Nobody Wants Facebook Stories - Please Just Stop
I see you, Facebook Stories. Taking up a third of the top of my news feed and for what? A failed experiment that the people are unhappy about.
As you may remember, back in April 2017 (bloody ‘eck it’s been a while), Facebook forcefully introduced a stories platform onto their app - gunning to take out Snapchat who turned down an acquisition deal.
We’ve all had a go with it, posted one picture then never used it again, as it felt rather counterproductive to the type of engagement it seemed Facebook wanted from you.
Before, it was work with permanence: a variety of text, pictures and video that this app handily collated and presented to your network of friends.
The system works, but to then introduce content with a self destructive timer and no way to interact except for maybe sending a message or (as most of us do) just looking at it, just doesn’t fit - like nearly finishing a jigsaw puzzle of rolling country hills, but deciding to ruin it by forcing a piece of clear blue sky right in the middle of a hill.
… You may realise that I have a lot to say on this topic (and that I do so with more of my “grumpy Nottinghamite” persona than usual). A decade of social media marketing experience weathers you and much like Vero, Peach or Google+, something just seems off to me, like this will be an elongated flash in the pan. And I bring stories up again in the light of news that Facebook continues to aggressively expand their stories platform, adding the opportunity to share events.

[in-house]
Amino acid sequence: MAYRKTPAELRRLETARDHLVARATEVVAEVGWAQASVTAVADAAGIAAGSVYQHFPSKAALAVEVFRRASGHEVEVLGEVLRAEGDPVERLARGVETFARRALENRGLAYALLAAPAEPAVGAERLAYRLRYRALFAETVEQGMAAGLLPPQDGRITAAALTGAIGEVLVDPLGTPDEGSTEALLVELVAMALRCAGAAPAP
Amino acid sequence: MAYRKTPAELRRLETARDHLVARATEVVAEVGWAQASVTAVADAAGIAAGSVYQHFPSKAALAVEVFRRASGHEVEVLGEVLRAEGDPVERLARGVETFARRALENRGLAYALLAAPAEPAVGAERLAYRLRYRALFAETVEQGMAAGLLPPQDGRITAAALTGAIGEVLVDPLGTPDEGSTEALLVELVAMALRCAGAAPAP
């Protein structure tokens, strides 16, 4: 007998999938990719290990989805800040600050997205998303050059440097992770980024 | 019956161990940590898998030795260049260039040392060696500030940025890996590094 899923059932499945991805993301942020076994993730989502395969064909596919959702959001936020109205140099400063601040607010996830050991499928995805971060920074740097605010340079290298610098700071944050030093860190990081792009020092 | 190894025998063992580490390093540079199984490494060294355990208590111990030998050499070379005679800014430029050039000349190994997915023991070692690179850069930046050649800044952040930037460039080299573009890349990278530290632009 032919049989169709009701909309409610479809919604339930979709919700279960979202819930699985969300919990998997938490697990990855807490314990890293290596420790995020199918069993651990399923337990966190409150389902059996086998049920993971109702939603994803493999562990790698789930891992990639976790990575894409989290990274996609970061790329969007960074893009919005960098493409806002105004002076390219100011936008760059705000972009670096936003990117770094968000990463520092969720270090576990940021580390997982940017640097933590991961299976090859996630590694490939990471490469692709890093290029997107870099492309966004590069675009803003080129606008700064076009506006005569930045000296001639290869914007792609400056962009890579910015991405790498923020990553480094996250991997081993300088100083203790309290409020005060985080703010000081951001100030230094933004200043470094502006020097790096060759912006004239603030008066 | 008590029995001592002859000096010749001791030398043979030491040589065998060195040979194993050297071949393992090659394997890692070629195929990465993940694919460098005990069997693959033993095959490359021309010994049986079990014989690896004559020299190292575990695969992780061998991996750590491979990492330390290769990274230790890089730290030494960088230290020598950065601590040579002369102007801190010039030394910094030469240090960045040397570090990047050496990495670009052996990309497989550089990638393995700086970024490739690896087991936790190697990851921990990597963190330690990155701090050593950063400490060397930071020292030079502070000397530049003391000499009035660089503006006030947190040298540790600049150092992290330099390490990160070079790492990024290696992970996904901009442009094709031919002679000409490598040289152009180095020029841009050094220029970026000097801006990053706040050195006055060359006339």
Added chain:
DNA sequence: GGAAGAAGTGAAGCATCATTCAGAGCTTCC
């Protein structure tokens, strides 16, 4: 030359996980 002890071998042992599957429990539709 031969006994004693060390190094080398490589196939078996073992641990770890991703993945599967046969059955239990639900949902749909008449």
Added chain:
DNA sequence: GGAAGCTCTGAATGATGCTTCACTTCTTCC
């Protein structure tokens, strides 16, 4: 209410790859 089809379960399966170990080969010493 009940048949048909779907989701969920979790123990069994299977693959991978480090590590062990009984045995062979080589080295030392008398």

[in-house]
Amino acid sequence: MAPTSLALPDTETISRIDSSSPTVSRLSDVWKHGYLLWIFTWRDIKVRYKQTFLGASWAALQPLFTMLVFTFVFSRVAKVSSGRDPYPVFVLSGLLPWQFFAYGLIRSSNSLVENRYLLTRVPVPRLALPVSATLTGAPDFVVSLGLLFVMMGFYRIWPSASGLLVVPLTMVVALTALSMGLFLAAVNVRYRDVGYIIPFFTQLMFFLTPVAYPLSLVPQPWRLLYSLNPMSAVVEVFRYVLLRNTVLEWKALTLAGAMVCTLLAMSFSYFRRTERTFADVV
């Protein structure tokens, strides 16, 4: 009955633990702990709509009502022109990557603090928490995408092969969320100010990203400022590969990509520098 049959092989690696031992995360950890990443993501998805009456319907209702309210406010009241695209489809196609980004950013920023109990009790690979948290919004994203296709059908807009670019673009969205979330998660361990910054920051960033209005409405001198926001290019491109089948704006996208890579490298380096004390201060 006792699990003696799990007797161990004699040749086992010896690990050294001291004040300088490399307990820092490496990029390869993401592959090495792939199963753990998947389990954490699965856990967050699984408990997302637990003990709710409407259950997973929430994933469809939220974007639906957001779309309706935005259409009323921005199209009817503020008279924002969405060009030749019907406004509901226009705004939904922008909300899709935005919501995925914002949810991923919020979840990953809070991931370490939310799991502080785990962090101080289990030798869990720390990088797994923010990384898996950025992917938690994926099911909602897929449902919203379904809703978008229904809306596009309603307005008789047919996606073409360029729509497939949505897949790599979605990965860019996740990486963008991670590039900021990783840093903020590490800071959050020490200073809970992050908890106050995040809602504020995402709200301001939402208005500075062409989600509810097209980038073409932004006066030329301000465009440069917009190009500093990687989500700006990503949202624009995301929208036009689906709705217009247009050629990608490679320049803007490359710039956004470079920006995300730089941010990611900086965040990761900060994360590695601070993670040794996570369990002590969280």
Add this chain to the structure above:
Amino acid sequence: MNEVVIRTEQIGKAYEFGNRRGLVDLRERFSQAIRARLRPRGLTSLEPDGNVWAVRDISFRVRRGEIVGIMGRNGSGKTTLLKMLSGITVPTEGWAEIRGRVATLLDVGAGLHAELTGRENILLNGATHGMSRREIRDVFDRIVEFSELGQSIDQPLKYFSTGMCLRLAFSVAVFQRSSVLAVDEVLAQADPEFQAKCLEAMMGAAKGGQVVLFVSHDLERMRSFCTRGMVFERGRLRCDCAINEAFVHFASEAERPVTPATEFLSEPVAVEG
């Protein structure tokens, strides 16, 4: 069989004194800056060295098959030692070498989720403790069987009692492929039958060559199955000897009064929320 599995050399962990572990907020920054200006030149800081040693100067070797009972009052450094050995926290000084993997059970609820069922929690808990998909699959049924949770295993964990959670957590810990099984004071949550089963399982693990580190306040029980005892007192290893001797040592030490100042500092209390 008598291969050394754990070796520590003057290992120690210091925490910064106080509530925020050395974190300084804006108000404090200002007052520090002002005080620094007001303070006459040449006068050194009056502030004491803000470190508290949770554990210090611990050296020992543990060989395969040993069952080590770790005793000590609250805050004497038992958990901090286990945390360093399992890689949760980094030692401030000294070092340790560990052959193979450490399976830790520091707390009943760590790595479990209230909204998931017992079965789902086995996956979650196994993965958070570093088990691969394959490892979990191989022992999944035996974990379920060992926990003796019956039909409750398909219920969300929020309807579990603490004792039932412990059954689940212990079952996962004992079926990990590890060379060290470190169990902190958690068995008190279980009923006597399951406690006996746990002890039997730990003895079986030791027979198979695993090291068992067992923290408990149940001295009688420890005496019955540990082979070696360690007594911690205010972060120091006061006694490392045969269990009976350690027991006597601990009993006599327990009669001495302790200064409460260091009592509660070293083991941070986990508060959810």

So, let’s put my predictions to the test. Happy to admit if my bets are misguided and tell the world I’m wrong. Maybe it’s widely used and I’m just a miserable old sod who’s out of touch. How many people actually use it?
According to usage statistics, that number is around the 300 million daily active users mark, which sounds like a ridiculous success for the platform (both Facebook and Messenger combined). But with the fact that over 2 billion people are using these apps at any one time, this is just a drop in the ocean, compared to the far higher percentage of active story users across the likes of Snapchat and Instagram.
This number was generated over nearly two years, and I applaud Facebook’s tenacity and dedication in seeing something through to completion. But they have to admit this experiment isn’t working sooner rather than later.
Think. I mean seriously, think about this - not like when you’re asked what to eat at a restaurant, because you know planning ahead just leads to picking the wrong dish and, ultimately, misery.
Can you remember a time you saw your friends using Facebook Stories, which wasn’t just an automatic share from Instagram Stories? I can’t, and it’s doubtful you do either.
In all my years of obsessively following futurism, one thing has been clear - to get clearer picture of things looking ahead, look to the past. And the past has not been kind to this certain feature. So I ask of you, please, Facebook, just leave it out.